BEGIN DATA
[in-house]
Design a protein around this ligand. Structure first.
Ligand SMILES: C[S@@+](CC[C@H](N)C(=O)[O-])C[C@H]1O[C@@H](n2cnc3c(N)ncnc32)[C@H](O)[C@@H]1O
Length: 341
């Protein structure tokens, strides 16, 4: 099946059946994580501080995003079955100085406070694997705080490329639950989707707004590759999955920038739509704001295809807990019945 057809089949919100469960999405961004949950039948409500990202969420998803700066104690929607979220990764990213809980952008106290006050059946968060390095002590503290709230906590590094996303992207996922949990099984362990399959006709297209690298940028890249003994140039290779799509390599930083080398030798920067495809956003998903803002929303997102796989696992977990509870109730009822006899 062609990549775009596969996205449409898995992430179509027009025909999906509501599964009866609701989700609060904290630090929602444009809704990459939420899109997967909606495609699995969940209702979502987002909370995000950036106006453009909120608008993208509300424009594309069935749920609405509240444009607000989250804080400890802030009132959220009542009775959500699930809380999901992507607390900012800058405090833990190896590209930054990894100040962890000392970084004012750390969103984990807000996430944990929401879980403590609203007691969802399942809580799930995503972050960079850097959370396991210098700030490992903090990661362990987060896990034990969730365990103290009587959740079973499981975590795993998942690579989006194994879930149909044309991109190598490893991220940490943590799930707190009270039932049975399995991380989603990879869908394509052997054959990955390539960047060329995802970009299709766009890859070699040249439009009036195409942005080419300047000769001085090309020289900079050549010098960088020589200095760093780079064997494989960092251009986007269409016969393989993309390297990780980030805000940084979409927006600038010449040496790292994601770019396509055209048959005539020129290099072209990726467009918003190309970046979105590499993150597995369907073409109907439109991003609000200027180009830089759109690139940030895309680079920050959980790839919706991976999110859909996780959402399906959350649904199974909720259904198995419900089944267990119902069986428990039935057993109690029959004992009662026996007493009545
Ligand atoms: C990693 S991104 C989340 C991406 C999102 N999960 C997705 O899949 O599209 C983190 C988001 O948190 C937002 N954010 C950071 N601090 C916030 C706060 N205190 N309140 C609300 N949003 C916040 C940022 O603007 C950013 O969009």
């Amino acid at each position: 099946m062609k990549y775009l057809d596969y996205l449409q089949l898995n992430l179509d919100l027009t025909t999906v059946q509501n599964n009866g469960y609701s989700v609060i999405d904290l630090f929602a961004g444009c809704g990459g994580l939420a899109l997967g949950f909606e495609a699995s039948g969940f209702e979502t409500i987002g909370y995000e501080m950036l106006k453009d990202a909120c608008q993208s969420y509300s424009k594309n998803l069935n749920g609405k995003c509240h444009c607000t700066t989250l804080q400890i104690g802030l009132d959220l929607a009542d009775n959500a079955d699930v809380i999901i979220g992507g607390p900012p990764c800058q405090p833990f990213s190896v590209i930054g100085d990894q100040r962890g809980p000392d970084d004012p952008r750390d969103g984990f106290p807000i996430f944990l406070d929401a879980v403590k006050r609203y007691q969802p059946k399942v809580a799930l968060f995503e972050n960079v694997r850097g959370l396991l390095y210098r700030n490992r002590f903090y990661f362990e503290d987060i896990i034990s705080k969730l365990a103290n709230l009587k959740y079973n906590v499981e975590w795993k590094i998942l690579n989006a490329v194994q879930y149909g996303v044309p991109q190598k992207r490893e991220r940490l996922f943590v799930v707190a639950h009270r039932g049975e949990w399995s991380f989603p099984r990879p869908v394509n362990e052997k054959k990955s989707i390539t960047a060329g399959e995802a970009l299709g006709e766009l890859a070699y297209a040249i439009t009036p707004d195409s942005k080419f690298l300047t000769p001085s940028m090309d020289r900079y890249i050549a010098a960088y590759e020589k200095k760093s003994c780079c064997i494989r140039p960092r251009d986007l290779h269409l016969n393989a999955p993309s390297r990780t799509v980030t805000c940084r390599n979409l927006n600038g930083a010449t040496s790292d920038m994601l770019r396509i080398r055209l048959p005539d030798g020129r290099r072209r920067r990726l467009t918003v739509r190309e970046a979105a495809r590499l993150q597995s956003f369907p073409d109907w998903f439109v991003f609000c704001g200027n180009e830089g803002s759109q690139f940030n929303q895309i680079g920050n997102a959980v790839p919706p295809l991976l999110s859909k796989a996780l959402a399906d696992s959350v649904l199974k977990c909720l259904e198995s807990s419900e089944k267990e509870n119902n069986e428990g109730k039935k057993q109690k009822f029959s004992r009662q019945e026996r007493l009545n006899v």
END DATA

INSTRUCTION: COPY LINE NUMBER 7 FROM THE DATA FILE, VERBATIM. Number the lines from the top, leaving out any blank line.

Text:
């Amino acid at each position: 099946m062609k990549y775009l057809d596969y996205l449409q089949l898995n992430l179509d919100l027009t025909t999906v059946q509501n599964n009866g469960y609701s989700v609060i999405d904290l630090f929602a961004g444009c809704g990459g994580l939420a899109l997967g949950f909606e495609a699995s039948g969940f209702e979502t409500i987002g909370y995000e501080m950036l106006k453009d990202a909120c608008q993208s969420y509300s424009k594309n998803l069935n749920g609405k995003c509240h444009c607000t700066t989250l804080q400890i104690g802030l009132d959220l929607a009542d009775n959500a079955d699930v809380i999901i979220g992507g607390p900012p990764c800058q405090p833990f990213s190896v590209i930054g100085d990894q100040r962890g809980p000392d970084d004012p952008r750390d969103g984990f106290p807000i996430f944990l406070d929401a879980v403590k006050r609203y007691q969802p059946k399942v809580a799930l968060f995503e972050n960079v694997r850097g959370l396991l390095y210098r700030n490992r002590f903090y990661f362990e503290d987060i896990i034990s705080k969730l365990a103290n709230l009587k959740y079973n906590v499981e975590w795993k590094i998942l690579n989006a490329v194994q879930y149909g996303v044309p991109q190598k992207r490893e991220r940490l996922f943590v799930v707190a639950h009270r039932g049975e949990w399995s991380f989603p099984r990879p869908v394509n362990e052997k054959k990955s989707i390539t960047a060329g399959e995802a970009l299709g006709e766009l890859a070699y297209a040249i439009t009036p707004d195409s942005k080419f690298l300047t000769p001085s940028m090309d020289r900079y890249i050549a010098a960088y590759e020589k200095k760093s003994c780079c064997i494989r140039p960092r251009d986007l290779h269409l016969n393989a999955p993309s390297r990780t799509v980030t805000c940084r390599n979409l927006n600038g930083a010449t040496s790292d920038m994601l770019r396509i080398r055209l048959p005539d030798g020129r290099r072209r920067r990726l467009t918003v739509r190309e970046a979105a495809r590499l993150q597995s956003f369907p073409d109907w998903f439109v991003f609000c704001g200027n180009e830089g803002s759109q690139f940030n929303q895309i680079g920050n997102a959980v790839p919706p295809l991976l999110s859909k796989a996780l959402a399906d696992s959350v649904l199974k977990c909720l259904e198995s807990s419900e089944k267990e509870n119902n069986e428990g109730k039935k057993q109690k009822f029959s004992r009662q019945e026996r007493l009545n006899v």